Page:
A common subject in the forums is retail arbitrage, the practice of buying items at retail sales or close-out events, in such retail stores as Walmart or Best Buy, and then listing those products for sale on Amazon. Recently, probably because of Amazon’s increase in requiring brand-gating or approval to list in certain categories, its Seller Performance Team has been refusing to accept retail receipts as proof of authenticity. This can result in a suspension of a listing or bring an entire seller account to a halt, a devastating occurrence that requires a second look into this common practice.
There is no official Amazon policy on the subject, which may be why the “get rich quick” seminars still tout it. This is the reason why many clients, when I advise them retail arbitrage is a thing of the past, they often argue with me. The writing on the wall shows that I am correct.
Amazon is gating more and more brands every day, and now has subjected sellers who are already selling in certain categories, to apply for approval to list products in those categories, and one of the things they ask for are “invoices or receipts.” Make no mistake, however, the word “receipts” does not mean that they will accept a cashier-printed receipt from WalMart or Target.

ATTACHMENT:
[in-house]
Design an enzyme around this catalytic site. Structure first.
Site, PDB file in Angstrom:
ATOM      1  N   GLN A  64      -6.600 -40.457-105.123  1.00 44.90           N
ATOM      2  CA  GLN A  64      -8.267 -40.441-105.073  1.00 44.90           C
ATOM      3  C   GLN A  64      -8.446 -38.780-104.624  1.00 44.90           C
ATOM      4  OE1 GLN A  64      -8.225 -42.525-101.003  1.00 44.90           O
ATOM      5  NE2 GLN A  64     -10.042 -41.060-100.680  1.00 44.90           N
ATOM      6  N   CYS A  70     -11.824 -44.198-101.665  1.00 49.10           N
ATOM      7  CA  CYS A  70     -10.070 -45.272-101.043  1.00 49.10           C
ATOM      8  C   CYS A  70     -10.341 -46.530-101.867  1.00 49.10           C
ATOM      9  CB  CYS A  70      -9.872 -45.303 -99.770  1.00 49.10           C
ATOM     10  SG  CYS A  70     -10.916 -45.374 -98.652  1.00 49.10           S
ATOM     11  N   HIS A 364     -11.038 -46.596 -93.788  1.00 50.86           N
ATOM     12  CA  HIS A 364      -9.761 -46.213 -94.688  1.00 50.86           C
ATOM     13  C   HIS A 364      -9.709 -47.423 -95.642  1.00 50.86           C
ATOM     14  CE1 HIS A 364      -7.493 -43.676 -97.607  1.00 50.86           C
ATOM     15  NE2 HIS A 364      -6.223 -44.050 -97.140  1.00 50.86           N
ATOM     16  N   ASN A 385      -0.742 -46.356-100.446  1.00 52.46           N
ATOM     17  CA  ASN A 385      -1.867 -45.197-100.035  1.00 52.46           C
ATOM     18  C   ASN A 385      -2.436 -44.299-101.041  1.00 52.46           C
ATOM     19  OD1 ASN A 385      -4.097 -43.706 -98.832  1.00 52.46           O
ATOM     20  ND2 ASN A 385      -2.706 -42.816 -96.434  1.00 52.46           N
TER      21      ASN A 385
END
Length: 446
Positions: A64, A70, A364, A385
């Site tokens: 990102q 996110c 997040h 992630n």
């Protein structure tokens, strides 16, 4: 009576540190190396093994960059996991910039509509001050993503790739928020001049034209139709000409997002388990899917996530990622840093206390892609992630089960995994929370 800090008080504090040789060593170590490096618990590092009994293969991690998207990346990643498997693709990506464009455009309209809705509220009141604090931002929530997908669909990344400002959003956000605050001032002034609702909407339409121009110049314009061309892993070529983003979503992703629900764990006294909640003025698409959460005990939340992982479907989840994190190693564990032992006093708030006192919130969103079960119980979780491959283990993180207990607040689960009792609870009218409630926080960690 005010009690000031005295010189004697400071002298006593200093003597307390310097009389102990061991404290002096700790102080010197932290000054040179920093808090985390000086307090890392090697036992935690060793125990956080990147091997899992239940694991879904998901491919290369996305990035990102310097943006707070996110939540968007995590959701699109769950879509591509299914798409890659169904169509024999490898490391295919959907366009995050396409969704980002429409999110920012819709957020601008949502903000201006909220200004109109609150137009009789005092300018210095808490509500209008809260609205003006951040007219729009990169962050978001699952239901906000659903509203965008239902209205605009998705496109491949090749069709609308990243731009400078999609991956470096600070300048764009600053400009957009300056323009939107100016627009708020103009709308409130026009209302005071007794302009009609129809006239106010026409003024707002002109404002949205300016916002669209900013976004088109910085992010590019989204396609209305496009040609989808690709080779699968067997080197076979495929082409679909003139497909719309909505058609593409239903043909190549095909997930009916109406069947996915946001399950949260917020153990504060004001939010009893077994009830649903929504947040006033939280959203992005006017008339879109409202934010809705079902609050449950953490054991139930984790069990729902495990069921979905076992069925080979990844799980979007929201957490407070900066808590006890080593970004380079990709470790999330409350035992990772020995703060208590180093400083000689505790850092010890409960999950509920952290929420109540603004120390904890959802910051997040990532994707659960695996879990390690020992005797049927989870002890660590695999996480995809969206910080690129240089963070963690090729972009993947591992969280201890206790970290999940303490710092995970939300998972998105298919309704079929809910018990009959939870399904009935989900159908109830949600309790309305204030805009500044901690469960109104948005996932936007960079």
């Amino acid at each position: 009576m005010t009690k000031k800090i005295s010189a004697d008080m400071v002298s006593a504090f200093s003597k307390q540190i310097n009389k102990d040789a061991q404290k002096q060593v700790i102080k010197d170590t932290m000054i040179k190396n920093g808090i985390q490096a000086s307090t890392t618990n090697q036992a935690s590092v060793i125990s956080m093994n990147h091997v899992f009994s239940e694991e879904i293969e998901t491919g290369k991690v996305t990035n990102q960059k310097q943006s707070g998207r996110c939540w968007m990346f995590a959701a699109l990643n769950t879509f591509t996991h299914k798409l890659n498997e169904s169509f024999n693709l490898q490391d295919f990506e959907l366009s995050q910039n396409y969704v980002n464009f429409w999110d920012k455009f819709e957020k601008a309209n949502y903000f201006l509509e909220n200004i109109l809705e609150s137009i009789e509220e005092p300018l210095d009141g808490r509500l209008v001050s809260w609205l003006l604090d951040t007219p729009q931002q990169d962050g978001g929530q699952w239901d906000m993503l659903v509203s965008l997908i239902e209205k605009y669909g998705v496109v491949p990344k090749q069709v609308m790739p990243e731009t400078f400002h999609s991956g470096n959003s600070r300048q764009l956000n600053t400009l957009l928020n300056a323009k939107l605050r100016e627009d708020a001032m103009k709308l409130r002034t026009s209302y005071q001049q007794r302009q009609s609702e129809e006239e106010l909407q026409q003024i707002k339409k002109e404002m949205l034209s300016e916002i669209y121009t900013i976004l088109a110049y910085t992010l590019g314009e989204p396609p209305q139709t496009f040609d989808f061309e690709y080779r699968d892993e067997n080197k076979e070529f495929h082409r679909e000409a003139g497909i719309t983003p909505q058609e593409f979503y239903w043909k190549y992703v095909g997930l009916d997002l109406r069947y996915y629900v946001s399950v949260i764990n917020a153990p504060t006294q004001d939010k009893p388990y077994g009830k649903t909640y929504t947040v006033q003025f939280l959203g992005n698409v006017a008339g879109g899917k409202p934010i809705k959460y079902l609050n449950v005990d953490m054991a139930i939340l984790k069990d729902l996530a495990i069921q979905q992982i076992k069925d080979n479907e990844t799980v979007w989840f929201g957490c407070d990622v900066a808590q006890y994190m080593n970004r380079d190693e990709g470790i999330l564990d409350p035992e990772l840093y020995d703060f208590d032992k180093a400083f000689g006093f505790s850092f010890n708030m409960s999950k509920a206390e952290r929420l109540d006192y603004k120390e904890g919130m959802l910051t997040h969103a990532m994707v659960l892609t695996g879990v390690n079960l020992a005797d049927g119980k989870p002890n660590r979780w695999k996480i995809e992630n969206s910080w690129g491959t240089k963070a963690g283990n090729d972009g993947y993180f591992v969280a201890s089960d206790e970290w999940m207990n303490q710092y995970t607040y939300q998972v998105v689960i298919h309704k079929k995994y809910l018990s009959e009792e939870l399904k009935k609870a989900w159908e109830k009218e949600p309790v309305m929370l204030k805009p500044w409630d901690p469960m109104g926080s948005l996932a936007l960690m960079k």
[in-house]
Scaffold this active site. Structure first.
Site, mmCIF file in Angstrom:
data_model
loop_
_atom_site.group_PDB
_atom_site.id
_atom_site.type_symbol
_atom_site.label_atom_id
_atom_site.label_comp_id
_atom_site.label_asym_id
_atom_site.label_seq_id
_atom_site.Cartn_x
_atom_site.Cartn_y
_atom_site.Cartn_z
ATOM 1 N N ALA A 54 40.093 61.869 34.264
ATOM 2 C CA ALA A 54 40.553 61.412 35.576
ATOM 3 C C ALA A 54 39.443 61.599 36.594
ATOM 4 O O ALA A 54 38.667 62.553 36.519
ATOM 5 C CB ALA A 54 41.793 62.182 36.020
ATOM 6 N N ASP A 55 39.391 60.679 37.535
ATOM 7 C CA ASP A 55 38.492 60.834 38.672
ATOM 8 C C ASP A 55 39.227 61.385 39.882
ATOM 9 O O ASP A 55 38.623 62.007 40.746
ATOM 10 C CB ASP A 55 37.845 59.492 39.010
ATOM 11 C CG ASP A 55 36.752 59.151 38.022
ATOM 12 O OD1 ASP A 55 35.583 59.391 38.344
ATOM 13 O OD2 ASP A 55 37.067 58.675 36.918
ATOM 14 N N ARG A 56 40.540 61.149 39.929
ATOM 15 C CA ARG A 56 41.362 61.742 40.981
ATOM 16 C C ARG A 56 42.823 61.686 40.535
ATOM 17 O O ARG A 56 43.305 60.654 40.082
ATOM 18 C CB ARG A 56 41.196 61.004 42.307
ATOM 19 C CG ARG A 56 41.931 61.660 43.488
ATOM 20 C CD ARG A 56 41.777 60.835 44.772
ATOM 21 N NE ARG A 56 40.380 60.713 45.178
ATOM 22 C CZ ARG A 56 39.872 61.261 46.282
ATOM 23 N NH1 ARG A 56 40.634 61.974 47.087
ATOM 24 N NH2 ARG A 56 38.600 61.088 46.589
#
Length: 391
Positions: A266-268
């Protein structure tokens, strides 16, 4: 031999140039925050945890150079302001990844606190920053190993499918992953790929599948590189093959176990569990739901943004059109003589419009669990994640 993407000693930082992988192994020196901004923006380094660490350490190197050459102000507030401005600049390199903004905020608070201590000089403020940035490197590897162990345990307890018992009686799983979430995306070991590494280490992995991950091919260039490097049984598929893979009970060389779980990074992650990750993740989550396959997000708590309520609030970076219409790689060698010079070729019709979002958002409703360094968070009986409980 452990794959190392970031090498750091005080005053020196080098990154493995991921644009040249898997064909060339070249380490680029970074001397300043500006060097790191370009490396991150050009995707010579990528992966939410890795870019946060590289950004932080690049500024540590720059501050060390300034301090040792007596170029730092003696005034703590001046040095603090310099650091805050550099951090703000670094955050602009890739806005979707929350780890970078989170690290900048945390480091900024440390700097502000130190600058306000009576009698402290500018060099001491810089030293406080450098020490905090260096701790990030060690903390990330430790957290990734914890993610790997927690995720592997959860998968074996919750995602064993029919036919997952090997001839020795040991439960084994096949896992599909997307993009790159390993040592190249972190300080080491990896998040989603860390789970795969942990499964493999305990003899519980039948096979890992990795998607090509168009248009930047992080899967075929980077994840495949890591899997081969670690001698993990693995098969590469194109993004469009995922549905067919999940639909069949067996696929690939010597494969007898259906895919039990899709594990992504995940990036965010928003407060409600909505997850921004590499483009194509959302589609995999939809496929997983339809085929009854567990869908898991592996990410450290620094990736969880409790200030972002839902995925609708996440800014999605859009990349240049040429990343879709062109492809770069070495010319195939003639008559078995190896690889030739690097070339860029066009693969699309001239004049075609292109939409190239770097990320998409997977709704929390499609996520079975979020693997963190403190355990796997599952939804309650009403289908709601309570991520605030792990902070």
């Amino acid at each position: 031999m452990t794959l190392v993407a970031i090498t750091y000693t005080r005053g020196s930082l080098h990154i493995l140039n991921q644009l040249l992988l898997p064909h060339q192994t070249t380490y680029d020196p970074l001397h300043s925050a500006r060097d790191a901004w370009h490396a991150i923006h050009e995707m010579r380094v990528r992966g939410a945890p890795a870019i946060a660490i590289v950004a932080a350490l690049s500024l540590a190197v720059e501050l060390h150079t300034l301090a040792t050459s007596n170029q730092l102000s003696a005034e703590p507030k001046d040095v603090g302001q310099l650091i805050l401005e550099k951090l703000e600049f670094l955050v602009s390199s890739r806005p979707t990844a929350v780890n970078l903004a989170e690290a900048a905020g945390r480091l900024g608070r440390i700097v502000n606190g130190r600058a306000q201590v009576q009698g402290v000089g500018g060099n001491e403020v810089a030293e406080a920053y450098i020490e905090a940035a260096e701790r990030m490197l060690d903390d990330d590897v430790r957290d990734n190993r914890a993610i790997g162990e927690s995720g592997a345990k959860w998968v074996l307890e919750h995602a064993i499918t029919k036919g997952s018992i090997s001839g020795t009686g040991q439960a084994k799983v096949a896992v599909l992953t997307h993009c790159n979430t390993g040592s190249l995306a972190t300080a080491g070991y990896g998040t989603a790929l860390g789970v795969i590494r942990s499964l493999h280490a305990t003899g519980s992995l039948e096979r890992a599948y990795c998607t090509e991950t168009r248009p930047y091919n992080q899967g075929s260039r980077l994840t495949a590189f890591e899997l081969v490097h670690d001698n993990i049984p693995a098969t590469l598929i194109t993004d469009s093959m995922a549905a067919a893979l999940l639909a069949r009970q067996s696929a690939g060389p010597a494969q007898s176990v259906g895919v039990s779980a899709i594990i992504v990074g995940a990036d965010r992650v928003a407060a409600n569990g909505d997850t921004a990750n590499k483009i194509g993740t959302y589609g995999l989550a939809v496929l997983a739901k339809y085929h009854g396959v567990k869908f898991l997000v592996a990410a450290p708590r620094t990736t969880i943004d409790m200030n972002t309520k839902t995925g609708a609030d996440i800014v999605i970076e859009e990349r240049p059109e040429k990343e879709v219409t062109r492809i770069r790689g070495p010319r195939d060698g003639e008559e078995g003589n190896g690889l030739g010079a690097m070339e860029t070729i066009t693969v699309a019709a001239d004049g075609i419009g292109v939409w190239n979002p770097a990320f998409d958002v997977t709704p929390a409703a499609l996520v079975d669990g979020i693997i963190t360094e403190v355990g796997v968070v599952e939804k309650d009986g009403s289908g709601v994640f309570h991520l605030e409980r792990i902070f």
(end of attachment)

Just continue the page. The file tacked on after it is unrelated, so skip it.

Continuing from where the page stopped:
Chances are that any recognized brand, such as Samsung, Apple, Nike or Adidas, is off-limits and selling it is an unreasonable risk unless you are buying from an authorized wholesale distributor with full resale rights. More and more brands are being added every day. A non-comprehensive list can be found here.
My advice to Amazon sellers about retail arbitrage? Don’t do it. Convert your supply chain to a wholesale supplier. Otherwise, the next time your account is placed in review, you may have to call someone like me.
Kenneth Eade www.amazonsellers.attorney is an Internet lawyer, specializing in Amazon Appeal of Amazon Suspension.